Ecologist Jon Foley says agriculture is the "most powerful force unleashed on this planet since the end of the ice age." He says we're using too much of it to irrigate, and we have to rethink how we farm.
Originally published on Sun July 19, 2015 10:56 pm
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If superheroes are one of the ultimate expressions of individualism, what are we to make of Ant-Man, a Marvel Comics character based on one of the least individual, most collective creatures on the planet?
Ant-Man can shrink to the size of an ant — and, in the movie which opens this weekend, ants are his greatest allies. "The ants are loyal, brave and will be your partners on this job," explains the scientist who invented Ant-Man's supersuit.
Lightning strikes have killed at least 20 people in the U.S. so far this year, according to the National Weather Service. That's higher than the average for recent years, the service says.
Most people who are injured or killed by lightning, it turns out, are not struck directly — instead, the bolt lands nearby.
That's what happened to Steve Marshburn in 1969. He was working inside a bank and says lightning somehow made its way through an ungrounded speaker at the drive-through window to the stool where he was sitting.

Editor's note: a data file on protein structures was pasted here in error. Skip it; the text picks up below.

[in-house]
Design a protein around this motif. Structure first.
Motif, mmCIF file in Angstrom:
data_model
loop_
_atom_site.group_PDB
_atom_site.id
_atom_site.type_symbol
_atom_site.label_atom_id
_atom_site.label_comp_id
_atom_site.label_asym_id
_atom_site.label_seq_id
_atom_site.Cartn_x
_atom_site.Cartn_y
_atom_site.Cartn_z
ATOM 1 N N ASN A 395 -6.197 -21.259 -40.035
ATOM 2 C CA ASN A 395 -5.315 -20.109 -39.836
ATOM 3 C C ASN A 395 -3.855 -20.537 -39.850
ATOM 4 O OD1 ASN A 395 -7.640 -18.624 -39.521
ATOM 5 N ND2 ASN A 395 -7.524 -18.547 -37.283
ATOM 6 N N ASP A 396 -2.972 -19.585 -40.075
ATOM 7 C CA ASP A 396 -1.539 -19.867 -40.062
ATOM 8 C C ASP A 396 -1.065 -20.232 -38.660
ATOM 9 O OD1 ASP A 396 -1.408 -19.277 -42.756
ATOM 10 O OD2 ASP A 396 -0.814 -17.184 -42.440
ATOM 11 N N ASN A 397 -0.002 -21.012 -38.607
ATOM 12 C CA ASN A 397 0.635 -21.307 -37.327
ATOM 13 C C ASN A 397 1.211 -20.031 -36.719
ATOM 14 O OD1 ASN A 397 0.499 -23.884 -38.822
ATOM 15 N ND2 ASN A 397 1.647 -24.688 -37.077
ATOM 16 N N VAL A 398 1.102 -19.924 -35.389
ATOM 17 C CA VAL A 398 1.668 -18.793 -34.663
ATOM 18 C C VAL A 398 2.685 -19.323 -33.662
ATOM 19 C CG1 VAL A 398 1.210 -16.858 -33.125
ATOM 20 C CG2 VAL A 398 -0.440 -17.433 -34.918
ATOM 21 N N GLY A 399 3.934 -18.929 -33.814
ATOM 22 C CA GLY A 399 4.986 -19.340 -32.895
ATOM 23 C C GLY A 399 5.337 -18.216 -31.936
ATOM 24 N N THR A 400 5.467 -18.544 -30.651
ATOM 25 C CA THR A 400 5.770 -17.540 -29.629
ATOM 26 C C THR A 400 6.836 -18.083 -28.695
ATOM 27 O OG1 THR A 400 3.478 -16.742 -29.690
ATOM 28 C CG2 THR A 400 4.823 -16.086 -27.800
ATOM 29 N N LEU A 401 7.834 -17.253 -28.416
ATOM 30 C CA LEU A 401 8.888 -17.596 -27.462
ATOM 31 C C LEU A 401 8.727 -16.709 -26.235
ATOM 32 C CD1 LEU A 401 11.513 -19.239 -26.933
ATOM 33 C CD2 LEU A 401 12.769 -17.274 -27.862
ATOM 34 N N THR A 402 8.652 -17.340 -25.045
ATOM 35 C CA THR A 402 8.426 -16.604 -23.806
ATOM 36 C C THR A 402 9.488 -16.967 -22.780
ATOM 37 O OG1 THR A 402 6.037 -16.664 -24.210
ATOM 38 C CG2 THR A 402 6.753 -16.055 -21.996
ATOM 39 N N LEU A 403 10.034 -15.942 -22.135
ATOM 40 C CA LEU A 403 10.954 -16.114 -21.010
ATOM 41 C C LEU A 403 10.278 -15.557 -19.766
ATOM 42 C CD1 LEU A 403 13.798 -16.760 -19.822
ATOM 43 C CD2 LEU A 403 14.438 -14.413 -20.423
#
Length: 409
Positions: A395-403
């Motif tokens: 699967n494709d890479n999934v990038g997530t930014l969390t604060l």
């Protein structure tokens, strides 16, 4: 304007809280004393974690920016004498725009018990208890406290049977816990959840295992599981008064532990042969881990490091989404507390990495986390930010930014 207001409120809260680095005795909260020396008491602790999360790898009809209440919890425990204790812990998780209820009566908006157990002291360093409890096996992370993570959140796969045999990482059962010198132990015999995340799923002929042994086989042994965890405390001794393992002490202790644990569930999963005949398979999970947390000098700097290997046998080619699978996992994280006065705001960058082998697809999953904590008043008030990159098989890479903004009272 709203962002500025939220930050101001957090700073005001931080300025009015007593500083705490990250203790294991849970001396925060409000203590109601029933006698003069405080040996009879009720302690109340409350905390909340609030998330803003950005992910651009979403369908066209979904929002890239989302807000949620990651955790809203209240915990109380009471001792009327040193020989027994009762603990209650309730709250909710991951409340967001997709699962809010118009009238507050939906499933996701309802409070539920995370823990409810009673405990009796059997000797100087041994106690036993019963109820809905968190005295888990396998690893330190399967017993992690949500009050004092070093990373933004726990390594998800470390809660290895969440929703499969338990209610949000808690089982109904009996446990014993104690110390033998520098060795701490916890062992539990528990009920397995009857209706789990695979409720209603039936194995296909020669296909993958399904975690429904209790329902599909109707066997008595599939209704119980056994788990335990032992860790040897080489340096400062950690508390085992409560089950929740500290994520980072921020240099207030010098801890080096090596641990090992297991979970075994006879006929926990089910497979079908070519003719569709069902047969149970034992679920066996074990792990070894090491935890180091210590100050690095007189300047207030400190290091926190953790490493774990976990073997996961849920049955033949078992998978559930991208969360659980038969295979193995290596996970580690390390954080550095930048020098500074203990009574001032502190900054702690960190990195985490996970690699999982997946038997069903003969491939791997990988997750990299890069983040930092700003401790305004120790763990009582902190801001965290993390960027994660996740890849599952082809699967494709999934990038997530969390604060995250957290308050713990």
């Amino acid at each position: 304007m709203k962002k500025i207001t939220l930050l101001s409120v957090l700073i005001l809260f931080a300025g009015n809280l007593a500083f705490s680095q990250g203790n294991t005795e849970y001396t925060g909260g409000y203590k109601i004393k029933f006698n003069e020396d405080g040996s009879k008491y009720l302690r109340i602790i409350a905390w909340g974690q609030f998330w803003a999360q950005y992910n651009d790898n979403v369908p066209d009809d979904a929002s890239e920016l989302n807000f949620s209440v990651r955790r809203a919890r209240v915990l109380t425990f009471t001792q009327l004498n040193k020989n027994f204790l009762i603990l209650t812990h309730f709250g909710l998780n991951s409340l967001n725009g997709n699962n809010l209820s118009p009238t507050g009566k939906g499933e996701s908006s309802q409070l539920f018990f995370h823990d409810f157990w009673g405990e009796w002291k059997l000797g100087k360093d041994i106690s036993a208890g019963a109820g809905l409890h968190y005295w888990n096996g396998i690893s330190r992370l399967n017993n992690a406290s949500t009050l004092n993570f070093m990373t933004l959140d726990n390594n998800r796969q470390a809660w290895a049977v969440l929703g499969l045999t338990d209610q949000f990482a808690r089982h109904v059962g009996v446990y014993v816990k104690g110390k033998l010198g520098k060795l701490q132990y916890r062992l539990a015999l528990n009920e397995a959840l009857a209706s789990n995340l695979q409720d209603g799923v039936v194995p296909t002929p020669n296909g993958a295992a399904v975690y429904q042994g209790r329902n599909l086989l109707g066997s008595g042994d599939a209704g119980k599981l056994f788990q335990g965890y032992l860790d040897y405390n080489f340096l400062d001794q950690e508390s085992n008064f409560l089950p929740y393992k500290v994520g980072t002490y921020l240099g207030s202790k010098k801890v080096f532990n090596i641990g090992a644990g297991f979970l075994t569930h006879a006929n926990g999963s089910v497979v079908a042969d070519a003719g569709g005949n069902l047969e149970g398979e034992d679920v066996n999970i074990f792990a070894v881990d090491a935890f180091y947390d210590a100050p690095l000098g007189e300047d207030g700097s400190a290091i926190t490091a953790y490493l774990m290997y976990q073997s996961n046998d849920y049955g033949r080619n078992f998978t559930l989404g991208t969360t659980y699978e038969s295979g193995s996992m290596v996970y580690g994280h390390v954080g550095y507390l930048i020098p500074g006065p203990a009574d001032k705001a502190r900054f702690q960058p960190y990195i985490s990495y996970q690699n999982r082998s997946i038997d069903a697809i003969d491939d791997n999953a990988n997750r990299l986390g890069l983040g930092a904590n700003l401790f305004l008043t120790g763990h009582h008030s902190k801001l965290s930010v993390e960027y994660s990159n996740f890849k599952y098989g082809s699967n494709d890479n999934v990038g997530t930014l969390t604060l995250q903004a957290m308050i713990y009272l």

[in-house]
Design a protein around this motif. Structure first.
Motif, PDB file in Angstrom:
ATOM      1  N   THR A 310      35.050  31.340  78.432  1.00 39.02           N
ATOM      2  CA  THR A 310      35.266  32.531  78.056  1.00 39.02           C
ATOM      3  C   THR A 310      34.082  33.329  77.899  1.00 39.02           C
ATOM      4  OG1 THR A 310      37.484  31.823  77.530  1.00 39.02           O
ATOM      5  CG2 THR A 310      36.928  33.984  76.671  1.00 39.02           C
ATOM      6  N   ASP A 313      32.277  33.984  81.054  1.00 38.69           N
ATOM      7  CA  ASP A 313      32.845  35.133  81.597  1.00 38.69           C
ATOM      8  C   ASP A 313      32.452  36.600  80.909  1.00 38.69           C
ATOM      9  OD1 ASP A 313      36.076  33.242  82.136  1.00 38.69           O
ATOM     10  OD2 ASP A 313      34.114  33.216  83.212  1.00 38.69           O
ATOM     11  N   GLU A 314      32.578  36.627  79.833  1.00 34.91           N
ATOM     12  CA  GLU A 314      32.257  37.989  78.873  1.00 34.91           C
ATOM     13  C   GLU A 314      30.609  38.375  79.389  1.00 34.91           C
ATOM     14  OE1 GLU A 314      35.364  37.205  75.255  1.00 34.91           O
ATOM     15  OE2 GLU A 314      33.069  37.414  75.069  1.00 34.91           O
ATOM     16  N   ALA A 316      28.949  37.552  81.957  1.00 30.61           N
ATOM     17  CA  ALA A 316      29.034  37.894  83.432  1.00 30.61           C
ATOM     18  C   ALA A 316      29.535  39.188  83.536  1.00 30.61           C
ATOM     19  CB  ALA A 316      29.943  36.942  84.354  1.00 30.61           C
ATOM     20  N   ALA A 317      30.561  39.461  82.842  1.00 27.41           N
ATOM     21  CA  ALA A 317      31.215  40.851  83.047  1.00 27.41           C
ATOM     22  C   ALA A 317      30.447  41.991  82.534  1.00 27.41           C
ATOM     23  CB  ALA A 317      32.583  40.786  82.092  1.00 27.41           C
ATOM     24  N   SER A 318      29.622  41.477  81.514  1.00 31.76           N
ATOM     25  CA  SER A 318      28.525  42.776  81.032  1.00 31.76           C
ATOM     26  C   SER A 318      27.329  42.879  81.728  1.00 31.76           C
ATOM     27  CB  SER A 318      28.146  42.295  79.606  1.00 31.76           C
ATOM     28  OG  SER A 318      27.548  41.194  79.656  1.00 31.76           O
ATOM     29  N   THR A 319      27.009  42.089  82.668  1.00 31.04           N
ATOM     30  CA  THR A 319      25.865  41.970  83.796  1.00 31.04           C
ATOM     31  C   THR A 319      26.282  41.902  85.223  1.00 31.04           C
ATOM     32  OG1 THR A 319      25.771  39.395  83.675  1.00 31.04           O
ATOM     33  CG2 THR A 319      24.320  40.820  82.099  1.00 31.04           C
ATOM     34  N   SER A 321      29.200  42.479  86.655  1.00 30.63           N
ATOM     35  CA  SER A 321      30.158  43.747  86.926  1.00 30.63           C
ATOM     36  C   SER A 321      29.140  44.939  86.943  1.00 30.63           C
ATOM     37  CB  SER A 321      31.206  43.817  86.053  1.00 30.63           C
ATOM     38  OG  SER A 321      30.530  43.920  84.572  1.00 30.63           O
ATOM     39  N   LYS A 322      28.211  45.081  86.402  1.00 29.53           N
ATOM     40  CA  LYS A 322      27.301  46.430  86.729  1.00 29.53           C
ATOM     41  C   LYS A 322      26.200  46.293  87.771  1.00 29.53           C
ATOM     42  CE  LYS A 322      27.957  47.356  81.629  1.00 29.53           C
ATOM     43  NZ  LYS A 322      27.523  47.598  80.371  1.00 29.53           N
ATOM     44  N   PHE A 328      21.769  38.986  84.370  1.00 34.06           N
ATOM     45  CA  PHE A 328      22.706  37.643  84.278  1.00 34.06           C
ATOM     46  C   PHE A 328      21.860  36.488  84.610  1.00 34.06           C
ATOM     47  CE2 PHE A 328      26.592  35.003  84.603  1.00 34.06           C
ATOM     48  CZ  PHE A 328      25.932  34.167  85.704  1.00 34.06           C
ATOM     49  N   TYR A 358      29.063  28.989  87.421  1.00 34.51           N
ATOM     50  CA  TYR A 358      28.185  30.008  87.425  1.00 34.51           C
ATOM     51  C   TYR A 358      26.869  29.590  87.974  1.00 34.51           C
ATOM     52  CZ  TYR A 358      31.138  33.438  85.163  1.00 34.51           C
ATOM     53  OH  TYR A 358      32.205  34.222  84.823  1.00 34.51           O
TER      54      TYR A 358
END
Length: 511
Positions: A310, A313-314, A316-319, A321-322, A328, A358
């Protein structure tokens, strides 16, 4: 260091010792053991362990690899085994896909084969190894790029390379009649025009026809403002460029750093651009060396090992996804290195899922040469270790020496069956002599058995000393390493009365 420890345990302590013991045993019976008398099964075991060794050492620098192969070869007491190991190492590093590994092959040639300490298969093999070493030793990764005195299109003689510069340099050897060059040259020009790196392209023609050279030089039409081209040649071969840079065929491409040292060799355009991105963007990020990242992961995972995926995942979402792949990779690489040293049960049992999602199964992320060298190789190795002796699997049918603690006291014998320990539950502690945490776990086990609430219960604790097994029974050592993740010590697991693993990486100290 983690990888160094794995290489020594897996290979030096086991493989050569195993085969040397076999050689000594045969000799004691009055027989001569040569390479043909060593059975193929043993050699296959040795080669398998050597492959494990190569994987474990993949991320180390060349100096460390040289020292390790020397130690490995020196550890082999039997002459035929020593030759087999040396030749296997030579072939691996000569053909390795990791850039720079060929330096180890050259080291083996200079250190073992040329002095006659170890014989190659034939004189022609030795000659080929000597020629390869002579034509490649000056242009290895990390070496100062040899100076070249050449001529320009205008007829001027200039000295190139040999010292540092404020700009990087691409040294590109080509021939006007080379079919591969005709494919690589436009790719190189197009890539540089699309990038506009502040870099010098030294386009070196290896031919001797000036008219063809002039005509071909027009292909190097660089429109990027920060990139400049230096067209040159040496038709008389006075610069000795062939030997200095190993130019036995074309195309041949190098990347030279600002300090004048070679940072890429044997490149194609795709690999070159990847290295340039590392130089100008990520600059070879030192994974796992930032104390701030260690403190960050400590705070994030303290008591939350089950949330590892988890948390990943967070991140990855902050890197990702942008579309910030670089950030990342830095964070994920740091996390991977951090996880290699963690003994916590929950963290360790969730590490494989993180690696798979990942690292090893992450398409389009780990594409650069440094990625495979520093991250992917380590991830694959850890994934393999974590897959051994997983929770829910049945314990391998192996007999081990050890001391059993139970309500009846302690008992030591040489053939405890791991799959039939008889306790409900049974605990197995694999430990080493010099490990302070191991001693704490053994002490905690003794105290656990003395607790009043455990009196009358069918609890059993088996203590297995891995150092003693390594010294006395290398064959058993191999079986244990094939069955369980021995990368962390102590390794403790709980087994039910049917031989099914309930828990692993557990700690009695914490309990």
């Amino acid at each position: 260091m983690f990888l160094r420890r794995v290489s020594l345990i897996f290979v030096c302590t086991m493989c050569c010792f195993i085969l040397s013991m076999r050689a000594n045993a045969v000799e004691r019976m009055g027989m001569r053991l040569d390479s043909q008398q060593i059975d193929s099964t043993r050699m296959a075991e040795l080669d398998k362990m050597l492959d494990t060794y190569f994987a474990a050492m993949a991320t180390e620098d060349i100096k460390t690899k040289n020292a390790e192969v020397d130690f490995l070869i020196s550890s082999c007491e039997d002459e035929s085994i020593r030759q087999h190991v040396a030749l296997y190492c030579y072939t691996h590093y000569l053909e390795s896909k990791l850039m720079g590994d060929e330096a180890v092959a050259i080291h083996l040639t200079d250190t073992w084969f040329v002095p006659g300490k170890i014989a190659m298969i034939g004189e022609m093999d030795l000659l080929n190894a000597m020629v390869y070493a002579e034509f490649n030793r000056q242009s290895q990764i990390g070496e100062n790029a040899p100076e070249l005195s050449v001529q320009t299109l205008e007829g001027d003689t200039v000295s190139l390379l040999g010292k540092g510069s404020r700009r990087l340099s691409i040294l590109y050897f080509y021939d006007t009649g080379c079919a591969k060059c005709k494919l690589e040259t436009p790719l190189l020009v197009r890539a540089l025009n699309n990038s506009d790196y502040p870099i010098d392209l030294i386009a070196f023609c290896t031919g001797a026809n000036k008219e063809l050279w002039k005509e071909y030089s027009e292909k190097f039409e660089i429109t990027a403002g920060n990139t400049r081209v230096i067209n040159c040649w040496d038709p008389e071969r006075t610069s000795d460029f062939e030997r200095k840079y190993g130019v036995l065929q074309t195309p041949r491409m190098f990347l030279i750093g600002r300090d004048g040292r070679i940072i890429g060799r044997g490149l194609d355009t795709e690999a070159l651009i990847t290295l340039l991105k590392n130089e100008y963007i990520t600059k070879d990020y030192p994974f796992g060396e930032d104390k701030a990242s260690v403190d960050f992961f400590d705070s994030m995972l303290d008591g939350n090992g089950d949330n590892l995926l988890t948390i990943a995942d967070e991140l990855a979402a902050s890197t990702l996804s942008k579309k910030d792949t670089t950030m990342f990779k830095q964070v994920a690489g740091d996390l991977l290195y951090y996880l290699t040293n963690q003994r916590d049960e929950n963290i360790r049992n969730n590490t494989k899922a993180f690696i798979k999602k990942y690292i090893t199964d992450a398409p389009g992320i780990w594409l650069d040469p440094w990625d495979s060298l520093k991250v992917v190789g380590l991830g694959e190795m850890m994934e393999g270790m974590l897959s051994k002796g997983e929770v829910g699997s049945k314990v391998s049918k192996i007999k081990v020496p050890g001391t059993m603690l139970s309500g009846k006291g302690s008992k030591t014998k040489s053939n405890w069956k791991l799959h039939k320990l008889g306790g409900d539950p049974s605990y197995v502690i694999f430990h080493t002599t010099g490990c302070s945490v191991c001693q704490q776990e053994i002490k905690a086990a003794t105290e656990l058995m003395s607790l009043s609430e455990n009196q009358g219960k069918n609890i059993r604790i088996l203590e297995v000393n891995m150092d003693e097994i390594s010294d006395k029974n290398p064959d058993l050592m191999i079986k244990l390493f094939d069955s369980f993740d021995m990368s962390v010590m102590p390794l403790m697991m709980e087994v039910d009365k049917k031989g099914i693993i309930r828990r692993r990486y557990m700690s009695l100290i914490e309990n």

Air pollution isn't just bad for your health.It can have dramatic effects on weather and climate. In fact, a team of scientists believes that air pollution from industries and traffic could have caused the extreme floods that devastated southwest China in 2013.
It's almost impossible to ignore a screaming baby. (Click here if you doubt that.) And now scientists think they know why.
"Screams occupy their own little patch of the soundscape that doesn't seem to be used for other things," says David Poeppel, a professor of psychology and neuroscience at New York University and director of the Department of Neuroscience at the Max Planck Institute in Frankfurt.
Playing sports has always been important to 31-year-old Erik Johanson, a city planner in Philadelphia. Johanson thrived in baseball and ice hockey as a kid, he says — "one of the best players on the team in high school."
Today, Johanson is married and expecting his first child but is still passionate about ice hockey — and about winning. He plays on a highly competitive team of guys who got together after college and still play weekly in an adult league; they hope to take the crown this year.